Tolerable Upper Intake Level10,000 μg per day for adults
Health Impacts of Copper

Copper as an Essential Nutrient

Copper is an essential trace element required for various bodily functions, such as:

  • Formation of red blood cells
  • Iron metabolism
  • Connective tissue synthesis
  • Nerve function
  • Immune system support

The recommended daily intake of copper for adults is around 900 micrograms (μg) per day.

Copper Deficiency and Toxicity

While copper deficiency is rare in developed countries, it can lead to health issues such as anemia, weakened immune function, and impaired growth in children.

On the other hand, excessive copper intake can cause acute or chronic toxicity, leading to symptoms such as nausea, vomiting, abdominal pain, and liver damage. The tolerable upper intake level for copper is 10,000 μg per day for adults.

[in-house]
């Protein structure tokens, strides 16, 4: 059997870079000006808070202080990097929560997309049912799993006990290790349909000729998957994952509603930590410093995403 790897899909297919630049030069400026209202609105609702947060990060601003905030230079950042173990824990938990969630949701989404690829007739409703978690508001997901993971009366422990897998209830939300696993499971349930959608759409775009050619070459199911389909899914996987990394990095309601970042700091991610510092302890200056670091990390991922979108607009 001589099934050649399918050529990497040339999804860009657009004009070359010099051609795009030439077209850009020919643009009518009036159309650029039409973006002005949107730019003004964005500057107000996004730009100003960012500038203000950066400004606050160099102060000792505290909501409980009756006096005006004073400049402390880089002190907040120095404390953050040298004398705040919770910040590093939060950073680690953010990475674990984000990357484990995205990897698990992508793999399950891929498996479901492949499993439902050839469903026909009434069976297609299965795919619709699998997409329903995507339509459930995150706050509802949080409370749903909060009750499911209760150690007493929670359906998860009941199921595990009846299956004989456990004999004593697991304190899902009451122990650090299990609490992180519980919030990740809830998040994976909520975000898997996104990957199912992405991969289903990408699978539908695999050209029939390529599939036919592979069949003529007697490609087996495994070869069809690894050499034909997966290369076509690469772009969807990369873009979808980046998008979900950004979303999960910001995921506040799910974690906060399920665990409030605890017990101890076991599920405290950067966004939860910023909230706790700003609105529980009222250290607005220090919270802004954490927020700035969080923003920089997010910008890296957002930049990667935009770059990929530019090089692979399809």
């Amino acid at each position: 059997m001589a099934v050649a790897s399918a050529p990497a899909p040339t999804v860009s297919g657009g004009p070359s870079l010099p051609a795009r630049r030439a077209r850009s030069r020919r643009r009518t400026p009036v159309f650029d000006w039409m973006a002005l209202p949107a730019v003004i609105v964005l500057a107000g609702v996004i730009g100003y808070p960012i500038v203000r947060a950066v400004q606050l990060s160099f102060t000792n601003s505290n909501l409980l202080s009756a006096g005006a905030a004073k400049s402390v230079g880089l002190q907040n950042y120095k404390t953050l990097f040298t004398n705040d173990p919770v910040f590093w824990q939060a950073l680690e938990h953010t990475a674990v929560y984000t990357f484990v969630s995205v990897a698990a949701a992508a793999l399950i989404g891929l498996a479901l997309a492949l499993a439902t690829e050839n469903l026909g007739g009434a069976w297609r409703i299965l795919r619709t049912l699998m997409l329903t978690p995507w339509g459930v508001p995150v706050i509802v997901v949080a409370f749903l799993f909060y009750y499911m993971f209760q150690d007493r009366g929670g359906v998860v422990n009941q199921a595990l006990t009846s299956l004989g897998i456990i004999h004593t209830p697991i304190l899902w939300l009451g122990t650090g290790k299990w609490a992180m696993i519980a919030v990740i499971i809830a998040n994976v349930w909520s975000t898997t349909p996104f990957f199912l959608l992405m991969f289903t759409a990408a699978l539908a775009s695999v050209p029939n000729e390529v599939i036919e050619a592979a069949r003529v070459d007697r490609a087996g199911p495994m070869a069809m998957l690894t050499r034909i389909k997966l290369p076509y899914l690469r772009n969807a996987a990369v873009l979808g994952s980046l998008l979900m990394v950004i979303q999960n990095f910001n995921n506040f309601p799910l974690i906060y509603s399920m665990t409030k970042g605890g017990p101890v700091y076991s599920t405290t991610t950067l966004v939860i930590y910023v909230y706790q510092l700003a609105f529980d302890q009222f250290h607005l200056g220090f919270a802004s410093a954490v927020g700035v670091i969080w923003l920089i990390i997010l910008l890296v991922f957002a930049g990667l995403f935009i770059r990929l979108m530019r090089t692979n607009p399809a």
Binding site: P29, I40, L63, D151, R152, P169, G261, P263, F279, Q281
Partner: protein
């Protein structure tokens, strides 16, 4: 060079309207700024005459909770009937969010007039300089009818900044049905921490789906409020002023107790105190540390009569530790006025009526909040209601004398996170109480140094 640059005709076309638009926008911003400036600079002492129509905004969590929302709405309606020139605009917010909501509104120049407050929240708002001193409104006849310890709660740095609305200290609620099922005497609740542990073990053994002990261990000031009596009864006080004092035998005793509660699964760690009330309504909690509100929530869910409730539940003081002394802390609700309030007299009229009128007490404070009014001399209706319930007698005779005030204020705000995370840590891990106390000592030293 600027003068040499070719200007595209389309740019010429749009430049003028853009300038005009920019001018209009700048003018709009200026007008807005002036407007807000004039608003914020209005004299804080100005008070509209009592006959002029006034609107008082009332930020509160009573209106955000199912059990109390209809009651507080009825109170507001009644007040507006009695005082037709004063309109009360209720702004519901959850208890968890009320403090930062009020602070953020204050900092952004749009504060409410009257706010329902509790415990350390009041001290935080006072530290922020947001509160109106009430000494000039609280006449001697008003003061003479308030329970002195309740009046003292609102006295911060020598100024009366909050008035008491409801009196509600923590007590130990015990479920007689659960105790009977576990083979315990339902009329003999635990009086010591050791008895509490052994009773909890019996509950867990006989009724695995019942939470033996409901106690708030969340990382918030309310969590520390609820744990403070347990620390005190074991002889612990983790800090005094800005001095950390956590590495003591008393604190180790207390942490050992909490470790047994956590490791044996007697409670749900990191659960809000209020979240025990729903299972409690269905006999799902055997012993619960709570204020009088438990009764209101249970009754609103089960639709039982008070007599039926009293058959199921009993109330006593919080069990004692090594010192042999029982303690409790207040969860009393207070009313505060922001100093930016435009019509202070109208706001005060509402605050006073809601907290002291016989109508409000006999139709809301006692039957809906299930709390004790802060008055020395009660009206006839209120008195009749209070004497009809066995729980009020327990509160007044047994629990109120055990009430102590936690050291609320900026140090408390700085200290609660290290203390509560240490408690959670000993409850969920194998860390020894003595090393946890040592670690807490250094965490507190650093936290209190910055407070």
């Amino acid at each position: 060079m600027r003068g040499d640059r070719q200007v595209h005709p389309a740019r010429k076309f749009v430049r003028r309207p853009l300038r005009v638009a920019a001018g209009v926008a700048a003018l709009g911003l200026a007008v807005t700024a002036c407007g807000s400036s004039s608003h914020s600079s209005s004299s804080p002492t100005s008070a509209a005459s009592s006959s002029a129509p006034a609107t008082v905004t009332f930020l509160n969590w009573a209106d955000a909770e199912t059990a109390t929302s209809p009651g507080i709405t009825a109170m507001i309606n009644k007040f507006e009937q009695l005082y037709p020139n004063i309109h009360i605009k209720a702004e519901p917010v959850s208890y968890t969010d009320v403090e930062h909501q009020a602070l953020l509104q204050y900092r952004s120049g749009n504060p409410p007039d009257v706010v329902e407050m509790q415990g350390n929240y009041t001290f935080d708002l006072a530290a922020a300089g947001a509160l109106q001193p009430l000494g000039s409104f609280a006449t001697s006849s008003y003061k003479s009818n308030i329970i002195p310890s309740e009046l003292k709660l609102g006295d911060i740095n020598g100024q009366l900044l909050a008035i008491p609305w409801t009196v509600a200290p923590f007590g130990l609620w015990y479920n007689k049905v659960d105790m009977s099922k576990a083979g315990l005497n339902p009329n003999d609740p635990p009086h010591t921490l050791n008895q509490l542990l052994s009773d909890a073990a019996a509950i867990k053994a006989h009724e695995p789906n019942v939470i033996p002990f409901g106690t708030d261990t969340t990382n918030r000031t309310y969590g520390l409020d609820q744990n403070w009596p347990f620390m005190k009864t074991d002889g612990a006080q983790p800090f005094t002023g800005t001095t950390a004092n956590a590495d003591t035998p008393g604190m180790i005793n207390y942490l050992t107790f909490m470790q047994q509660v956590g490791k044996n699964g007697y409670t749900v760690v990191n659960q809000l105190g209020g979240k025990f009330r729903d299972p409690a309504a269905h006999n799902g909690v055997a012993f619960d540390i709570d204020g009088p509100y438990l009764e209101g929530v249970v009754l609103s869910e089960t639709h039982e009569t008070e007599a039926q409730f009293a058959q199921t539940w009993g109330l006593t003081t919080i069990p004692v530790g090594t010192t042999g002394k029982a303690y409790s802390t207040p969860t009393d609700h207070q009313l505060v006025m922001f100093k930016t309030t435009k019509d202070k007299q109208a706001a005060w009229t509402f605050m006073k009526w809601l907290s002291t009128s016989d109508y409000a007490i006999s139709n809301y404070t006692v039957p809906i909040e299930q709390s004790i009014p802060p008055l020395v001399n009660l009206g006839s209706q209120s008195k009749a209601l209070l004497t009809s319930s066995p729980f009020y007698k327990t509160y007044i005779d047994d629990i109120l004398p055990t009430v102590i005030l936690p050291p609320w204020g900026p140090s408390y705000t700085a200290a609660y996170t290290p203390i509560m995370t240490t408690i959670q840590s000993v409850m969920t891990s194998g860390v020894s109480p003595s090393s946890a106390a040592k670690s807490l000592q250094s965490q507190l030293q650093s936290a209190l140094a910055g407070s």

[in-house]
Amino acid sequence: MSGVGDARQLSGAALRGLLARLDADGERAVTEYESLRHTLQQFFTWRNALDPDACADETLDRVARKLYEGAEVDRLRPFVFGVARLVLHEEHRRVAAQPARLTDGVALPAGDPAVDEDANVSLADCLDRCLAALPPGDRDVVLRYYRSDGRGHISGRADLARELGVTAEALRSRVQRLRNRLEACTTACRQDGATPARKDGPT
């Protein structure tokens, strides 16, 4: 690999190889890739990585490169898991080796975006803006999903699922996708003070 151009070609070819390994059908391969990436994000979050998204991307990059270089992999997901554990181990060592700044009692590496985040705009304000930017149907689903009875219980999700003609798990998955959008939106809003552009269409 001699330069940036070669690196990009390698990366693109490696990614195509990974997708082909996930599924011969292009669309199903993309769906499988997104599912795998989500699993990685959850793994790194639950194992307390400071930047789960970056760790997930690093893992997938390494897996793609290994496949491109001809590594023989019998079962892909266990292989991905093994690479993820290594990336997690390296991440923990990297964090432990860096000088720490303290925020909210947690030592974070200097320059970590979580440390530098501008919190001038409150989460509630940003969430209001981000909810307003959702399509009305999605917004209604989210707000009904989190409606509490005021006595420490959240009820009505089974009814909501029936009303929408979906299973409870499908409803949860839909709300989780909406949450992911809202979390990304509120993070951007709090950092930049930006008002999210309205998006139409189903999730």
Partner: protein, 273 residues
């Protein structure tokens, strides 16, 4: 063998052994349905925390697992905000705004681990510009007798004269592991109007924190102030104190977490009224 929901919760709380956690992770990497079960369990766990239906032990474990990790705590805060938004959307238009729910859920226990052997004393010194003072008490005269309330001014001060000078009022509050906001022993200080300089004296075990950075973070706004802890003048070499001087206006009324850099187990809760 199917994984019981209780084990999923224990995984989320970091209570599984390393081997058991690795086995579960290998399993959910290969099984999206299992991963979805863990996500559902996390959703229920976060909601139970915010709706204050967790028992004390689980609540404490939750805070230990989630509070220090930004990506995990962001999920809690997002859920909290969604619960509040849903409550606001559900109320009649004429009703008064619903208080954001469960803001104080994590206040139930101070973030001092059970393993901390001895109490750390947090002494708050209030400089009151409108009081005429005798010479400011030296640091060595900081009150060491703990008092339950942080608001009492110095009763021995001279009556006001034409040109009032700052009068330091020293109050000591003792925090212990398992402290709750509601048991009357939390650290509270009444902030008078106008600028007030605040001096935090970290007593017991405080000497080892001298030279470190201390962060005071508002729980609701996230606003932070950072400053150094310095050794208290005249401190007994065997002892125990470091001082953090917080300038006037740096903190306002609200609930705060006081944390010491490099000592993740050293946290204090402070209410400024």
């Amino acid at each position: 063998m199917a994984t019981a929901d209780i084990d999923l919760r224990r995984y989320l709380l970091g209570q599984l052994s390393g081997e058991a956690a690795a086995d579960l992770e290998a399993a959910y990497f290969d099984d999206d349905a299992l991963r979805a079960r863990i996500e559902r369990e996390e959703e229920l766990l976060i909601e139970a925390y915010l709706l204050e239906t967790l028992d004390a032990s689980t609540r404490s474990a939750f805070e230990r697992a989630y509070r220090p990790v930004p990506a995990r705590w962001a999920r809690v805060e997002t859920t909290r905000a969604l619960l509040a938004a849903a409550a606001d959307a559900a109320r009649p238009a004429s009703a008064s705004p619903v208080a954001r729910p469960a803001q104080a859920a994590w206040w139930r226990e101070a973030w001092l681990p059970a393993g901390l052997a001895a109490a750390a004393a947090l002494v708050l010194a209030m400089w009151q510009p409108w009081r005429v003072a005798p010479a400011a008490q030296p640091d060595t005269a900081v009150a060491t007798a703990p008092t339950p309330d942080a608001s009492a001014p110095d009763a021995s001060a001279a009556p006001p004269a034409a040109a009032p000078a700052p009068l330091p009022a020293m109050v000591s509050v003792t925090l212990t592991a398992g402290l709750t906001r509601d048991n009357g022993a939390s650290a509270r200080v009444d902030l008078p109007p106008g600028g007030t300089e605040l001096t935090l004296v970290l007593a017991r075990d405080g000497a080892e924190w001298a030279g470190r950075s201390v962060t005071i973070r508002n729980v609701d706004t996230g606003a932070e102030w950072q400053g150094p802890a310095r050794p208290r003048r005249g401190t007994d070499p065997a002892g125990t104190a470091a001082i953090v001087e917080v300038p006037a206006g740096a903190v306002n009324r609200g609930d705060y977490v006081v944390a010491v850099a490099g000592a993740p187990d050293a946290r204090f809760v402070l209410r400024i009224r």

Antimicrobial Properties of Copper

Copper has natural antimicrobial properties, making it effective in reducing the spread of bacteria and viruses. When microbes come into contact with a copper surface, the copper ions damage their cell membranes, DNA, and other cellular components, leading to cell death.

This property has led to the use of copper in healthcare settings, such as hospitals and clinics, where copper alloy surfaces can help reduce the transmission of healthcare-associated infections.

Environmental Impact of Copper

While copper is an essential material in modern society, its production and use can have environmental consequences.

AspectEnvironmental ImpactMitigation Measures
Habitat DestructionDeforestation and habitat lossLand reclamation and restoration
Water PollutionContamination from mining waste and runoffWater treatment and proper waste disposal